Call Fosse At The Minskoff– A Play By Mimi Quillin

February 1, 2017

“What a step up – holy cow – they’d never believe it. If my friends could see me now.”

Fosse left a legacy with his creations – Chicago, Pajama Game, Sweet Charity, Cabaret. His unique style and quality of work is admired and sought after as something to study and embrace. Even when not learning his choreography for a show, having the opportunity to learn it in workshops and master classes from those who worked with him directly is a special experience. From the intricate but important qualities found in the details of each step; to the placement of the hands; to how each individual aspect is critical in completing the picture. Breaking down the nuances and delicate details that emerge from the memories and notes of what Fosse told those he worked with are priceless moments. To feel as if one has been brought into the room and is privy to the information that became a treasured gift inspires performers of all backgrounds.

The one woman memory play, Call Fosse at the Minskoff, written and performed by Steps’ guest teacher Mimi Quillin and directed by John Thomas Waite, is based on her experience as the assistant to Fosse and Verdon on the first Broadway revival of Sweet Charity. On December 3rd she shared her show at Steps as a benefit for The Steps Beyond Foundation. Her play, awarded the Best Production in the 2016 United Solo Festival, offers the details from her first hand experiences of what went into those famous steps.

Not only does Quillin show her talents at performing, but the strength of her writing is also evident in how she pieces together her personal stories to seamlessly share what it was like throughout the process of recreating the dance numbers in Sweet Charity. It is remarkable to watch Quillin as she talks about what happened from her point of view, and to then suddenly take the audience deeper into the memories as she embodies the unique physical and vocal qualities of Fosse and Verdon. The ways in which she fully epitomizes them makes it feel as though each of the moments is happening as the story progresses.

Some moments in the show are lighthearted and filled with laughter, but there are also those that show the frustration when something happened that didn’t fall in line with what was wanted or expected. The show humanizes these two legends while capturing the truths and intimate bond that is created among three artists all working toward an ideal. Quillin’s attention to detail in describing the movements in the choreography paints a picture of the intricacies of the work, and just how much planning was put into creating the final product. Channeling Verdon, physically and vocally, she shares Verdon’s visualization of steps from “The Frug”– “… when you’re in The Slope, you’re stepping into a mink coat and riding in a Ferrari. And in ‘Something Better Than This.’ Guadalajara! Guadalajara! You’re in Guadalajara. … Don’t treat them like steps. They’re like words in a script. Dance the meaning of the steps.” Call Fosse at the Minskoff could be described as the backstory to the choreography that one doesn’t see when watching each dance. The motivation behind what makes it work.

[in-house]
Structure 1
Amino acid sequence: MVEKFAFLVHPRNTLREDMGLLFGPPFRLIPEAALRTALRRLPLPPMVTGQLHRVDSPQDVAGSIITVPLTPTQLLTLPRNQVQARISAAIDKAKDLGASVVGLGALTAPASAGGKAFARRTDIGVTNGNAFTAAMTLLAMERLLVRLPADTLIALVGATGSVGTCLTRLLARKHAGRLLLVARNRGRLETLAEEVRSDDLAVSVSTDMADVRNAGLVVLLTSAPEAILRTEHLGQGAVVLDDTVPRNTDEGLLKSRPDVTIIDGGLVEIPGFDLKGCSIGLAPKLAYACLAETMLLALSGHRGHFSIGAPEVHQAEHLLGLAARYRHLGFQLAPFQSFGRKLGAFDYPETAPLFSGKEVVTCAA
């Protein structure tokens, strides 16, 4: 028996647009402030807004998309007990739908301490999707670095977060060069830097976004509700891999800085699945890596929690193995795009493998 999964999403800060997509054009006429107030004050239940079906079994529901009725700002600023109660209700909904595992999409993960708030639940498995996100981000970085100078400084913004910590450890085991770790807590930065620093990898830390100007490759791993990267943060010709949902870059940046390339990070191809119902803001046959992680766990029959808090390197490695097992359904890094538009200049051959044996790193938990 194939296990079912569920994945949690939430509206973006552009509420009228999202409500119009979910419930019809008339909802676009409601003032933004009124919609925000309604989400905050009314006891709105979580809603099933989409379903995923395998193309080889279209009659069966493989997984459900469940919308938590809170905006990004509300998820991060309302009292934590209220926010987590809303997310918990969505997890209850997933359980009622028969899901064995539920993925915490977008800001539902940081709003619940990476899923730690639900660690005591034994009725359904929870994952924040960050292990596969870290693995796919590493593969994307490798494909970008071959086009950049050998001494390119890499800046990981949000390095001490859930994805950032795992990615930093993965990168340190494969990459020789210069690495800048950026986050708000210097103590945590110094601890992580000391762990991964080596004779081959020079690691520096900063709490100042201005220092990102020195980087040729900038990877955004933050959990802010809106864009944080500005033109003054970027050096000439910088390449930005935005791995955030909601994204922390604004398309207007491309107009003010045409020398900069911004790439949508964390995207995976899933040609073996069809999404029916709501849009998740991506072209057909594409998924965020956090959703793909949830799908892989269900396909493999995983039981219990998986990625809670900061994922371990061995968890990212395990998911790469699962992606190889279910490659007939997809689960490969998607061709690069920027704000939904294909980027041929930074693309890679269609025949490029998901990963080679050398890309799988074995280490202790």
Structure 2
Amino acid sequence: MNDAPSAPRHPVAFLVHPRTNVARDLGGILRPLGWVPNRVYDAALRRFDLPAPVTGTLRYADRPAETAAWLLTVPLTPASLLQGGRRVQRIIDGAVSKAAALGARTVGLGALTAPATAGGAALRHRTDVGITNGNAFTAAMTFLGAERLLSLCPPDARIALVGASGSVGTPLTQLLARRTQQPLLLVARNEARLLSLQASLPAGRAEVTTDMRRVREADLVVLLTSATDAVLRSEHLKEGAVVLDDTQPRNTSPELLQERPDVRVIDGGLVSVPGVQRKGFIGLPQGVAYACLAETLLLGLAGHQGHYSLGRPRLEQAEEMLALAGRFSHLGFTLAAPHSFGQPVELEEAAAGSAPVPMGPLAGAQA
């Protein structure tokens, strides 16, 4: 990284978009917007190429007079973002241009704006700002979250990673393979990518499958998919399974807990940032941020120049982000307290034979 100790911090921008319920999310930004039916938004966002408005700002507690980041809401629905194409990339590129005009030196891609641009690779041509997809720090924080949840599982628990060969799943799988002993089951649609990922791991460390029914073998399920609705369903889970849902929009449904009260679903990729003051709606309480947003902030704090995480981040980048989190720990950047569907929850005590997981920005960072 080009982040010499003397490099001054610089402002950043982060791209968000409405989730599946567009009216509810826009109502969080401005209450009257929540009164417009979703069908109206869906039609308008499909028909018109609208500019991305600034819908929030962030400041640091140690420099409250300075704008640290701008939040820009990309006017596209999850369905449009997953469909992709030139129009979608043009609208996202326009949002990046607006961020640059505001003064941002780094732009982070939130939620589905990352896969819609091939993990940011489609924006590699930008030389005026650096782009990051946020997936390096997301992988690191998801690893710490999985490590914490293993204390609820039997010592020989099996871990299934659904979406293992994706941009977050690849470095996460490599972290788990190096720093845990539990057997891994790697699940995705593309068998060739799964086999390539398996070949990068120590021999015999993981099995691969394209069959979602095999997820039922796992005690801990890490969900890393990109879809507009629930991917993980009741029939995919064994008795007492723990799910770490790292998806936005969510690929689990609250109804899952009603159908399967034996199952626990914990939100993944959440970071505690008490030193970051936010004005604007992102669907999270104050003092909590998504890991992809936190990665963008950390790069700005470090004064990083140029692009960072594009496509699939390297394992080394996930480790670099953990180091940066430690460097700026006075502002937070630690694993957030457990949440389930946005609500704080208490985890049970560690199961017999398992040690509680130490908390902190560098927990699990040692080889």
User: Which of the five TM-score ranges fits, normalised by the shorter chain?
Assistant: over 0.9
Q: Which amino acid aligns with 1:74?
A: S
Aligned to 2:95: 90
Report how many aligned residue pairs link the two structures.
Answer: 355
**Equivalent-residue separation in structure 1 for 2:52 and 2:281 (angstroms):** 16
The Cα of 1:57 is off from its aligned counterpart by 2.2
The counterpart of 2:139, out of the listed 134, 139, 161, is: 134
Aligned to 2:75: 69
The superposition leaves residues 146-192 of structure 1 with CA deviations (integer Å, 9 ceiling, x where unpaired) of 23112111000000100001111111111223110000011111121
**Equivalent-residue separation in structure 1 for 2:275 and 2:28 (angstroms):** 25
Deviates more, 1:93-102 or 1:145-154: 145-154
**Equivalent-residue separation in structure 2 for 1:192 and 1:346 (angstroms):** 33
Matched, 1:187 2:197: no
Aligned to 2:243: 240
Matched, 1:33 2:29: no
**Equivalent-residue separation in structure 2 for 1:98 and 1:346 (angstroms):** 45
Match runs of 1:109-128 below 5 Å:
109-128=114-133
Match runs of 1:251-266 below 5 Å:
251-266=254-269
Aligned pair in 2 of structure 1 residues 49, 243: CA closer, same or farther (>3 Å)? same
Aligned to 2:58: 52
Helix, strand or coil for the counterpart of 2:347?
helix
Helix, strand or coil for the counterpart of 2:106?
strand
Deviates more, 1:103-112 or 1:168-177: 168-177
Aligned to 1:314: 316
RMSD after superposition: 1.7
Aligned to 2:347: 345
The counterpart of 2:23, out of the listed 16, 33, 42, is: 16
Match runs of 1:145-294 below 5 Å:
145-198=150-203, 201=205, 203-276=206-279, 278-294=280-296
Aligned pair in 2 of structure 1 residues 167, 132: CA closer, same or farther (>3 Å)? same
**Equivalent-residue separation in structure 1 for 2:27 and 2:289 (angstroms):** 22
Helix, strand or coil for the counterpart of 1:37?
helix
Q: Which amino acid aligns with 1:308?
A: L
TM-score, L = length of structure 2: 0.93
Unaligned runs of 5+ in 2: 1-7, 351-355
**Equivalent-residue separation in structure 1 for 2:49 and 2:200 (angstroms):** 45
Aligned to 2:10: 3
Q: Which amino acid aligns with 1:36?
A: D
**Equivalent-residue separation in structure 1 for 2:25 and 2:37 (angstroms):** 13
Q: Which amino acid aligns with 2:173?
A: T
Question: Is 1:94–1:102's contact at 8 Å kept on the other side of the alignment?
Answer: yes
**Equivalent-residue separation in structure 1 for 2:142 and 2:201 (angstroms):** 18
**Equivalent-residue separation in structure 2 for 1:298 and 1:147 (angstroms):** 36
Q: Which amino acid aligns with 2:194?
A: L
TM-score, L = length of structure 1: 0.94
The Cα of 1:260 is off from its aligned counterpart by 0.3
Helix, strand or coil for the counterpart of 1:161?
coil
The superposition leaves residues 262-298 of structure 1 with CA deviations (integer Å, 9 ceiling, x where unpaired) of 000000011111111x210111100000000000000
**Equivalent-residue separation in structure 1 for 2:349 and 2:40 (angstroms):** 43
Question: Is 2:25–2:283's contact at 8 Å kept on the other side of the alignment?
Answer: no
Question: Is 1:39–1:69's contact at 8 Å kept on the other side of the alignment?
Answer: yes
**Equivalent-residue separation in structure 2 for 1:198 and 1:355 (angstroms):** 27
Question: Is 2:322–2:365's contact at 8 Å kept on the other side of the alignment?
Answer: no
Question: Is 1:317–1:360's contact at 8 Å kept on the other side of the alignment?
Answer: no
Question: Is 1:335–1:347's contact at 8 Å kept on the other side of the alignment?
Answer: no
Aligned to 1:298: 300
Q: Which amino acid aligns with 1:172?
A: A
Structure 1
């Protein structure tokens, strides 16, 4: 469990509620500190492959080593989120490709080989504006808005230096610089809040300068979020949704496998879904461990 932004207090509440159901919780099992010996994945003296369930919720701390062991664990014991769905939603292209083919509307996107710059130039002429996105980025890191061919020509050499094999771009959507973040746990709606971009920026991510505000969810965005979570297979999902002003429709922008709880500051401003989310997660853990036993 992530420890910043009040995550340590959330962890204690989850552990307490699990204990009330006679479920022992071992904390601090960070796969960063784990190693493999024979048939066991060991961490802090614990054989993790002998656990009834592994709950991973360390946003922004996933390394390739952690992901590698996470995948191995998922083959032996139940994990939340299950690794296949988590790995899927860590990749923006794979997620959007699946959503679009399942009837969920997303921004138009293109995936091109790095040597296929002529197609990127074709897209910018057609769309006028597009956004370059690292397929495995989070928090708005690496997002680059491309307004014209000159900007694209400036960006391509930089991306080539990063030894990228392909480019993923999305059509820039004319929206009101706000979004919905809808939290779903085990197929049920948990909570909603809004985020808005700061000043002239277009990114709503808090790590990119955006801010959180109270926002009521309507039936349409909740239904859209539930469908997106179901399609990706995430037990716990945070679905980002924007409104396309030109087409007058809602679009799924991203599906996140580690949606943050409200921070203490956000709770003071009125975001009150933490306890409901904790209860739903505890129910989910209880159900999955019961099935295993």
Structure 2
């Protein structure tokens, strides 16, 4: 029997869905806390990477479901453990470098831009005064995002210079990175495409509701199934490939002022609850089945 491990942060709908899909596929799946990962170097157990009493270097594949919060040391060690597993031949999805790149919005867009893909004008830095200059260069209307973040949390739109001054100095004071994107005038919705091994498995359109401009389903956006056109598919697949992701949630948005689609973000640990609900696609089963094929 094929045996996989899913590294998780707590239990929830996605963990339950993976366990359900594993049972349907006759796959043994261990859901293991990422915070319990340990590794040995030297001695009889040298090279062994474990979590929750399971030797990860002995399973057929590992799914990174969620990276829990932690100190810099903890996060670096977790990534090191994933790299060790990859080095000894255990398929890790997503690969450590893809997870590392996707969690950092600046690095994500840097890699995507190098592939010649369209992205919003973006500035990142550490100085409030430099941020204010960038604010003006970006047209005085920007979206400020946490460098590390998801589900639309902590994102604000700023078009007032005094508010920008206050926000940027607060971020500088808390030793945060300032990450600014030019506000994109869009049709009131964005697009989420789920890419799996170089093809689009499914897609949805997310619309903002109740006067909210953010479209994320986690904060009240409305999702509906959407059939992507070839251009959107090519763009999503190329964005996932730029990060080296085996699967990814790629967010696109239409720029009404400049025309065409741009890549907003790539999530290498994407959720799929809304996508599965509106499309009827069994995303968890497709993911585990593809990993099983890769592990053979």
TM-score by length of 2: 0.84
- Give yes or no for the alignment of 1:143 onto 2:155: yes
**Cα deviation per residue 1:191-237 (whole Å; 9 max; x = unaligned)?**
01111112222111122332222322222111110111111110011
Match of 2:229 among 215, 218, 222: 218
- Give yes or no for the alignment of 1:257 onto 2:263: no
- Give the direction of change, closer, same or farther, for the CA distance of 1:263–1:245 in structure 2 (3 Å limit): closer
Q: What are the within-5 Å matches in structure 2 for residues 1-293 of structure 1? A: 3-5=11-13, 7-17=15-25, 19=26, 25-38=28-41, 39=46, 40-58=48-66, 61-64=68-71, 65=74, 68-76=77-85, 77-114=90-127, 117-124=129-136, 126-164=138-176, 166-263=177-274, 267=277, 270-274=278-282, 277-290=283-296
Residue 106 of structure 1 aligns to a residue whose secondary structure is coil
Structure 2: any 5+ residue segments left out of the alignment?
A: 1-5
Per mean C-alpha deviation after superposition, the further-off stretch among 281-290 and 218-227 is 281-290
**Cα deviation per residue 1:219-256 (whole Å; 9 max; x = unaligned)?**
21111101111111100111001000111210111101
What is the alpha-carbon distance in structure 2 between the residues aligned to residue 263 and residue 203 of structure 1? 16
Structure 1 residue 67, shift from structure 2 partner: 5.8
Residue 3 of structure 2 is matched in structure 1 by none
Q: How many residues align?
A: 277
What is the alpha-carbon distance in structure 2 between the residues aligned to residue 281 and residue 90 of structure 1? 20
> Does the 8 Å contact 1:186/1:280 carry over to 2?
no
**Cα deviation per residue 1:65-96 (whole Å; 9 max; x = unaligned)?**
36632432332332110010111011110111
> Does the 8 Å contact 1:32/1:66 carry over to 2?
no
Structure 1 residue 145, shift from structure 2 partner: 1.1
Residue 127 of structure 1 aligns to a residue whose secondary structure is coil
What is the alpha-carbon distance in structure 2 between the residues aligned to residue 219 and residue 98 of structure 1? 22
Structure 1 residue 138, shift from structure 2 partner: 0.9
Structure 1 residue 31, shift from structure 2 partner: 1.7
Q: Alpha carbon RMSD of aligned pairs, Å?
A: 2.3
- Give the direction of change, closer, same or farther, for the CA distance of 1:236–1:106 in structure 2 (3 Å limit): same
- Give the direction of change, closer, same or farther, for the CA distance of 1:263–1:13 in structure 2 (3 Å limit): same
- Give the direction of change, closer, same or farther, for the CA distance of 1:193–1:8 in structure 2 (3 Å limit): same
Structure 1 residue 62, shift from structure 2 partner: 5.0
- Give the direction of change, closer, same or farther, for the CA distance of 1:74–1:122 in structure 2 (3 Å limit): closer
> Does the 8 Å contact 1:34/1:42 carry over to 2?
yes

Quillin embraced her role as assistant to Fosse and Verdon, and notes, “they ended up putting the dances together from their memories and a VHS copy of the movie Sweet Charity that Bob directed with Shirley MacLaine. Working with Gwen, I help transcribe the show.” But the inspiration behind the steps was genius and came from characters and events of the time. As Quillin explains “when looking at a prop, you aren’t just seeing a prop. There is a story behind it. Could be a person, and how they relate to the item.” Fosse took his visions and the meaning behind them, and made magic.

More than what it was like working on Sweet Charity, the show also offers a deep and personal look at who Quillin is, and how the experience shaped her as an artist and person. For example, Quillin discusses the importance in having the complete package — acting, singing, and dancing — in order to fulfill the needs of the moments…a point not lost on her students in her master classes. She emphasizes to be fully engaged in the moment, and that every aspect is as important as the next. No step goes unnoticed. They are all a piece in completing the image. Powerful lessons that she learned from the masters and generously passes to the next generation.

Call Fosse At The Minskoff ties in nicely with having the opportunity to learn some of the works of the legendary Bob Fosse. Steps on Broadway is hosting the Bob Fosse Master Class Series in February.

– Anne-Allegra Bennett
Assistant to the Director of Group Programs


Big Deal, All that Jazz, Sweet Charity
& more…
taught by Verdon Fosse Legacy LLC Reconstructeurs
2/13 – 3/3 •Monday, Wednesday, Friday, 2:30-4:30pm



Call Fosse At The Minskoff– A Play By Mimi Quillin